In May 2024 the European Court of Justice (ECJ) ruled that under existing EU Data protection legislation, individuals can ask a search engine (not just Google) to remove search results about them that “appear to be inadequate, irrelevant or no longer relevant or excessive … in the light of the time that had elapsed.” This is true even if the information is factually accurate.
Known popularly as the “right to be forgotten”, the ruling has been a major headache to Google, who has to deal with a deluge of requests from individuals who want their past misdemeanours erased from Google search results.
Note that actual content is not removed from the internet, it’s just that search engines (most notably Google) no longer point to it.
Because the ruling only applies to the EU, until now it has been easy to find removed content simply by visiting a non-EU version of the Google search page (such as www.google.com). EU regulators (and France in particular), have been unhappy about this situation, and have pushed for the ban to apply globally.
This far Google has resisted such a move, quite reasonably arguing that France and the EU do not have global jurisdiction (an argument that France categorically rejected).
Google has now responded by proposing a partial solution – to delist removed links from global searches if it thinks the search is being made from inside the EU. This means that if someone in France visits www.google.com rather than www.google.fr, then they will not see any links that have been removed due to “right to be forgotten” requests.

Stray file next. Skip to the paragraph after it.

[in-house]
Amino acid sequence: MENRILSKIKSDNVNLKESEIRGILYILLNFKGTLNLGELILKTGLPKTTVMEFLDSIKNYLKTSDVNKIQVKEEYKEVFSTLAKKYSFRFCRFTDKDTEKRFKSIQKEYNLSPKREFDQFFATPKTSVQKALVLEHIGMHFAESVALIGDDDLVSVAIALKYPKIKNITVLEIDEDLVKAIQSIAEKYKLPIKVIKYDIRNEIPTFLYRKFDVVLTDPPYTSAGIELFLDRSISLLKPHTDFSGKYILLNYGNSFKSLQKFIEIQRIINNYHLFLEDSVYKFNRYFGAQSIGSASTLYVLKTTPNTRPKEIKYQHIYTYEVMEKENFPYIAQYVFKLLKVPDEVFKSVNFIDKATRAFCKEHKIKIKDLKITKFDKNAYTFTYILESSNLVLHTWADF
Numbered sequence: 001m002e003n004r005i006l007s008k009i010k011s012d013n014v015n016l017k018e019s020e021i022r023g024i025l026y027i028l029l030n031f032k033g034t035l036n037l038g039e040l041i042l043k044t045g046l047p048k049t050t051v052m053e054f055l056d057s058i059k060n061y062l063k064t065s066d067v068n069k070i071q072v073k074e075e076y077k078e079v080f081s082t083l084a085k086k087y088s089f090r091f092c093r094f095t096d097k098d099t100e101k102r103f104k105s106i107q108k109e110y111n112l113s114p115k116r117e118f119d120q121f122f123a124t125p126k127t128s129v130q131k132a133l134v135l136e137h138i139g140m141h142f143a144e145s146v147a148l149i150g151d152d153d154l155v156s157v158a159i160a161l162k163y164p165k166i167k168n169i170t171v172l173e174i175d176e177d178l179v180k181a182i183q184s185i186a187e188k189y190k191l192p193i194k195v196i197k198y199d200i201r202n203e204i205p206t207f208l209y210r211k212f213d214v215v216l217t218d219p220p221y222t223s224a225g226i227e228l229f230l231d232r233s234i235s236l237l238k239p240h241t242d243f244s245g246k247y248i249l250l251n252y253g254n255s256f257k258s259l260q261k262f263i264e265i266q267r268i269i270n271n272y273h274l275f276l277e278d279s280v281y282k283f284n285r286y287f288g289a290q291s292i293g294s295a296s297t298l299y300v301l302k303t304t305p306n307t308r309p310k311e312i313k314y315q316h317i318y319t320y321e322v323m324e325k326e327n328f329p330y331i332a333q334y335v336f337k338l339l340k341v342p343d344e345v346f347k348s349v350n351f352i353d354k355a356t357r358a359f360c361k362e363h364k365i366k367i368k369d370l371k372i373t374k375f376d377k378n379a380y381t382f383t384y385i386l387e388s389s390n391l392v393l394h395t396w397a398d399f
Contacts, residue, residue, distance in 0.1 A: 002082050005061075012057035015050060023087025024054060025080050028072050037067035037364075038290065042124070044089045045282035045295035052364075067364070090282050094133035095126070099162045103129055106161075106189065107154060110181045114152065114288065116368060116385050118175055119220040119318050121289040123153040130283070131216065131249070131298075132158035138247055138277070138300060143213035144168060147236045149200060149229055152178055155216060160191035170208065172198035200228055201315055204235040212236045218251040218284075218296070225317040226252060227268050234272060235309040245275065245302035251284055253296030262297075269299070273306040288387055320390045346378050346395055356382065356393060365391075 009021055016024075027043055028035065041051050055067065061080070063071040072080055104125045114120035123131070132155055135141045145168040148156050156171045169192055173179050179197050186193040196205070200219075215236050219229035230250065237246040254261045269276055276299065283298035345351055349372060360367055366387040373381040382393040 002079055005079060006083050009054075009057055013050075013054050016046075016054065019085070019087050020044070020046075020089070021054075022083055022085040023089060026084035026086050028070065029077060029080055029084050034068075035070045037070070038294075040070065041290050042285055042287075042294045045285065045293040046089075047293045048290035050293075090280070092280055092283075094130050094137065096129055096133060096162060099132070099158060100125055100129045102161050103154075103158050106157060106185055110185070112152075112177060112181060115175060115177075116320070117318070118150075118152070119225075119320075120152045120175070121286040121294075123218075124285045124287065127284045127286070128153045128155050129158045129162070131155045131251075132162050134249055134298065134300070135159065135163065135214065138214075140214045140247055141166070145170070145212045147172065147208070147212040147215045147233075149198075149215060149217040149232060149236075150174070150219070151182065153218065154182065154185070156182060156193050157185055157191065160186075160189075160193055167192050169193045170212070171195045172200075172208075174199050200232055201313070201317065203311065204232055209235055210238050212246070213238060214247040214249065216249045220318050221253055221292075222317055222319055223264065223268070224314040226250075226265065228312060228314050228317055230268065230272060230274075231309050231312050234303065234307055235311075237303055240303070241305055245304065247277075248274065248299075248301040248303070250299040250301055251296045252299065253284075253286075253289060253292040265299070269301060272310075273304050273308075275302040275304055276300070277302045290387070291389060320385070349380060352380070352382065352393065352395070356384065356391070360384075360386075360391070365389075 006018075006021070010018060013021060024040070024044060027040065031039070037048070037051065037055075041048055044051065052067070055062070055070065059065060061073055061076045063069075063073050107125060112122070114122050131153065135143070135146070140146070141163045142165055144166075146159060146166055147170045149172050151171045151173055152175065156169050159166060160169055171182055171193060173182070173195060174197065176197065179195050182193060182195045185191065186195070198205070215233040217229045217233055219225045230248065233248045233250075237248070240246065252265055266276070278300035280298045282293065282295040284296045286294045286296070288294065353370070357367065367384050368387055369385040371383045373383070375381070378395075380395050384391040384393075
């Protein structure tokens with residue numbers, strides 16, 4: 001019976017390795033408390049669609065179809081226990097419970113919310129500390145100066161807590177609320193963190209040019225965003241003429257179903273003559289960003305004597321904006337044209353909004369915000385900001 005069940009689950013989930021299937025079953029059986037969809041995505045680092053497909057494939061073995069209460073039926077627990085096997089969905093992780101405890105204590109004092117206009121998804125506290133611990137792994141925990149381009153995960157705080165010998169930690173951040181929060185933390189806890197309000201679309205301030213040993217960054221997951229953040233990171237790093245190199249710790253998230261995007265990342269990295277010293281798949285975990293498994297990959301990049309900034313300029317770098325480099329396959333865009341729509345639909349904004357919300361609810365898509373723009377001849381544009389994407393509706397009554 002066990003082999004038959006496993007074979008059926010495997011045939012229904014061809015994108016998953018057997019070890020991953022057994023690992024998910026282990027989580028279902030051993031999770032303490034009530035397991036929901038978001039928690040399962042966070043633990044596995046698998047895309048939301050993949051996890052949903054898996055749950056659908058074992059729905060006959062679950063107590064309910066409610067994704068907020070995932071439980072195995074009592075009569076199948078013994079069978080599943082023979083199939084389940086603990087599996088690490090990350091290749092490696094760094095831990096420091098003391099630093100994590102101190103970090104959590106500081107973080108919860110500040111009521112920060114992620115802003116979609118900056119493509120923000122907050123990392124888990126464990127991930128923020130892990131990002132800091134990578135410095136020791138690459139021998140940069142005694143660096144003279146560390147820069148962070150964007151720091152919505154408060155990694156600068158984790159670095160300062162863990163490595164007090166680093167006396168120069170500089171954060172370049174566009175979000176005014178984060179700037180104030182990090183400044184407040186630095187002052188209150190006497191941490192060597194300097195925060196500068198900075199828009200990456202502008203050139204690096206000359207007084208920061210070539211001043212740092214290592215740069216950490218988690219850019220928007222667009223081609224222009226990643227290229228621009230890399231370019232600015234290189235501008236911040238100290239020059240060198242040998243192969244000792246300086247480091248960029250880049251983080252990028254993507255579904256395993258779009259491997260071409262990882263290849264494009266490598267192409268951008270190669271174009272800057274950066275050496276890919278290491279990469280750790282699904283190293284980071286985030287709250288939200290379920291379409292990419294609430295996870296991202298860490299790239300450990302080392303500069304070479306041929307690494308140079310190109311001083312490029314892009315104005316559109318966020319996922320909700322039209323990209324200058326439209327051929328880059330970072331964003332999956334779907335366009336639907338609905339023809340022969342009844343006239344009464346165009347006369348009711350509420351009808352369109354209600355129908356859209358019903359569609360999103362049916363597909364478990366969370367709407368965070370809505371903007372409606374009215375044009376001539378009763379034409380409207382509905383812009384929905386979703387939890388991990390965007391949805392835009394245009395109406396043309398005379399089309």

“The ICO is aware that Google has proposed changing the way it carries out the delisting of search results. This revised approach would appear to address the concerns previously set out by the ICO on the scope of the requirement to delist.”
Although some have expressed surprise and disappointment at the proposal, however, it is a little more subversive than it first seems, and falls short of the French regulator’s demands. Delisted results are still available to non-EU citizens, and can be easily accessed by EU citizens who use a proxy or VPN service to geo-spoof their location.
It seems likely that the 3 percent of French Google users who actually bother to use international versions of the search engine will also be technologically savvy enough use VPN!
It is also possible to completely evade such censorship simply by using a search engine such as DuckDuckGo or StartPage, which not only return international results wherever you are, but also do not record or track your searches (as Google does).